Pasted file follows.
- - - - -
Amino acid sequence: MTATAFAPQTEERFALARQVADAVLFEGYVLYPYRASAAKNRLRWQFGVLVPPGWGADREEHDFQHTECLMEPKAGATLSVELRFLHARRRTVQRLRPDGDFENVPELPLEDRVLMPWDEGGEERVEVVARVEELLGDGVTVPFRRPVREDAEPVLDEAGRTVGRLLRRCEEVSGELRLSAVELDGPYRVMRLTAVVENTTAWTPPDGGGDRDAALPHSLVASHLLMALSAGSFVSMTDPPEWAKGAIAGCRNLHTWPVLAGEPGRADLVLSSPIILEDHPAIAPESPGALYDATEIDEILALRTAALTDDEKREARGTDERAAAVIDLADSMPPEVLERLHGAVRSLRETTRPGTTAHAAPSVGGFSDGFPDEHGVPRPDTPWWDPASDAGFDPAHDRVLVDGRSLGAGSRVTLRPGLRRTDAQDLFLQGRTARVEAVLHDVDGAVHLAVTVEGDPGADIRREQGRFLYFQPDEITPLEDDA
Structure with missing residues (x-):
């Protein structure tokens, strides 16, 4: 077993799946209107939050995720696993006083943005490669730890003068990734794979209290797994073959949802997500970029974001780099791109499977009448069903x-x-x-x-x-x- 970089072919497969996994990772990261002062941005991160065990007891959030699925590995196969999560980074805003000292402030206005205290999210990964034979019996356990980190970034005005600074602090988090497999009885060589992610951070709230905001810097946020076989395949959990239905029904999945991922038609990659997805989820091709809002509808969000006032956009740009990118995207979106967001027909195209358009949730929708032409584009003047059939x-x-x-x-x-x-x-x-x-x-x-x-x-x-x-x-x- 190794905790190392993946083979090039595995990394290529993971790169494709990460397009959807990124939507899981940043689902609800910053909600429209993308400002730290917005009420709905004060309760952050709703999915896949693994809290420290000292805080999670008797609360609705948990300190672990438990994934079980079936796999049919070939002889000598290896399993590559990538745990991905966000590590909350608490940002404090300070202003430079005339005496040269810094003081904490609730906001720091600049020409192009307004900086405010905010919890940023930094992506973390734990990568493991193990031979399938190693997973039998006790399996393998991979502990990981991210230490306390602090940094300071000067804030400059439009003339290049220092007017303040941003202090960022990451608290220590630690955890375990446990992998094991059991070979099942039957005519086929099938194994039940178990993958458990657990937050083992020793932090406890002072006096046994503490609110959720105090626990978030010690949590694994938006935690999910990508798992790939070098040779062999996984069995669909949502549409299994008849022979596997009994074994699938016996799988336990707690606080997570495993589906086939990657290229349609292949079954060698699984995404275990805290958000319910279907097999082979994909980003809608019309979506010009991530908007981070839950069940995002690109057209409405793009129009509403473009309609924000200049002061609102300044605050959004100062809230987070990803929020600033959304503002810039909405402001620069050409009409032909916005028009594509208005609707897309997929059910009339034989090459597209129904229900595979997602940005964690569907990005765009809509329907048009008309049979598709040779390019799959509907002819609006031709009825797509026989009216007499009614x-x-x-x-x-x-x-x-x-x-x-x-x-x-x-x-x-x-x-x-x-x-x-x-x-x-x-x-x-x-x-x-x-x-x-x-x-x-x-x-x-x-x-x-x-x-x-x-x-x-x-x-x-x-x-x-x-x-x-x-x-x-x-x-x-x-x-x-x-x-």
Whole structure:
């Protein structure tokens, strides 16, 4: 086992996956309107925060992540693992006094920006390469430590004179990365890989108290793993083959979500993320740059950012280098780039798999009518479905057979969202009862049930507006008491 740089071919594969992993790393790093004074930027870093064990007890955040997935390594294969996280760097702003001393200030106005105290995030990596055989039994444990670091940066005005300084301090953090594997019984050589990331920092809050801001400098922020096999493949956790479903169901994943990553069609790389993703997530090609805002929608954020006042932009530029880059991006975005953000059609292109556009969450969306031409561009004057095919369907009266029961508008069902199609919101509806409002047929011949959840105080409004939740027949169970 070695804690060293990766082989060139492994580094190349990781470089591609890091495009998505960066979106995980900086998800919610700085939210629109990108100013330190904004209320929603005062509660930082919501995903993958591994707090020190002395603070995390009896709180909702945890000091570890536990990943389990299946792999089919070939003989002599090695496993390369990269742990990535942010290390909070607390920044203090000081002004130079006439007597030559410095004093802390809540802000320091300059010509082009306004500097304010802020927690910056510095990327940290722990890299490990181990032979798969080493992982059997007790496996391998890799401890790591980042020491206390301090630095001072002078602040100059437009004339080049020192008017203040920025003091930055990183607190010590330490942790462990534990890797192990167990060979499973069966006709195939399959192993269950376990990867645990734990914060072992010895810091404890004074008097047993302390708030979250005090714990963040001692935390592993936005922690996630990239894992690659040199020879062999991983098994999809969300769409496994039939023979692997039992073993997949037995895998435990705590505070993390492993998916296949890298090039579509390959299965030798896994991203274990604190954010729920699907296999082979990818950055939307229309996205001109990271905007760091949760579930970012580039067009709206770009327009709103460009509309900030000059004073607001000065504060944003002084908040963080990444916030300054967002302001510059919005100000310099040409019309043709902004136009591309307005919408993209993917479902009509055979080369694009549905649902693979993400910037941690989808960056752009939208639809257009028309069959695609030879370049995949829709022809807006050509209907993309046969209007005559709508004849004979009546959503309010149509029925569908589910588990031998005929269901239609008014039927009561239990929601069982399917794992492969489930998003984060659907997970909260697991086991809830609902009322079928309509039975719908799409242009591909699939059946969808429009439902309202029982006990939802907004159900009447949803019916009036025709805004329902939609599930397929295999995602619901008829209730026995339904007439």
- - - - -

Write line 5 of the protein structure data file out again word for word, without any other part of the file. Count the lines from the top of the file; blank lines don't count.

């Protein structure tokens, strides 16, 4: 086992996956309107925060992540693992006094920006390469430590004179990365890989108290793993083959979500993320740059950012280098780039798999009518479905057979969202009862049930507006008491 740089071919594969992993790393790093004074930027870093064990007890955040997935390594294969996280760097702003001393200030106005105290995030990596055989039994444990670091940066005005300084301090953090594997019984050589990331920092809050801001400098922020096999493949956790479903169901994943990553069609790389993703997530090609805002929608954020006042932009530029880059991006975005953000059609292109556009969450969306031409561009004057095919369907009266029961508008069902199609919101509806409002047929011949959840105080409004939740027949169970 070695804690060293990766082989060139492994580094190349990781470089591609890091495009998505960066979106995980900086998800919610700085939210629109990108100013330190904004209320929603005062509660930082919501995903993958591994707090020190002395603070995390009896709180909702945890000091570890536990990943389990299946792999089919070939003989002599090695496993390369990269742990990535942010290390909070607390920044203090000081002004130079006439007597030559410095004093802390809540802000320091300059010509082009306004500097304010802020927690910056510095990327940290722990890299490990181990032979798969080493992982059997007790496996391998890799401890790591980042020491206390301090630095001072002078602040100059437009004339080049020192008017203040920025003091930055990183607190010590330490942790462990534990890797192990167990060979499973069966006709195939399959192993269950376990990867645990734990914060072992010895810091404890004074008097047993302390708030979250005090714990963040001692935390592993936005922690996630990239894992690659040199020879062999991983098994999809969300769409496994039939023979692997039992073993997949037995895998435990705590505070993390492993998916296949890298090039579509390959299965030798896994991203274990604190954010729920699907296999082979990818950055939307229309996205001109990271905007760091949760579930970012580039067009709206770009327009709103460009509309900030000059004073607001000065504060944003002084908040963080990444916030300054967002302001510059919005100000310099040409019309043709902004136009591309307005919408993209993917479902009509055979080369694009549905649902693979993400910037941690989808960056752009939208639809257009028309069959695609030879370049995949829709022809807006050509209907993309046969209007005559709508004849004979009546959503309010149509029925569908589910588990031998005929269901239609008014039927009561239990929601069982399917794992492969489930998003984060659907997970909260697991086991809830609902009322079928309509039975719908799409242009591909699939059946969808429009439902309202029982006990939802907004159900009447949803019916009036025709805004329902939609599930397929295999995602619901008829209730026995339904007439």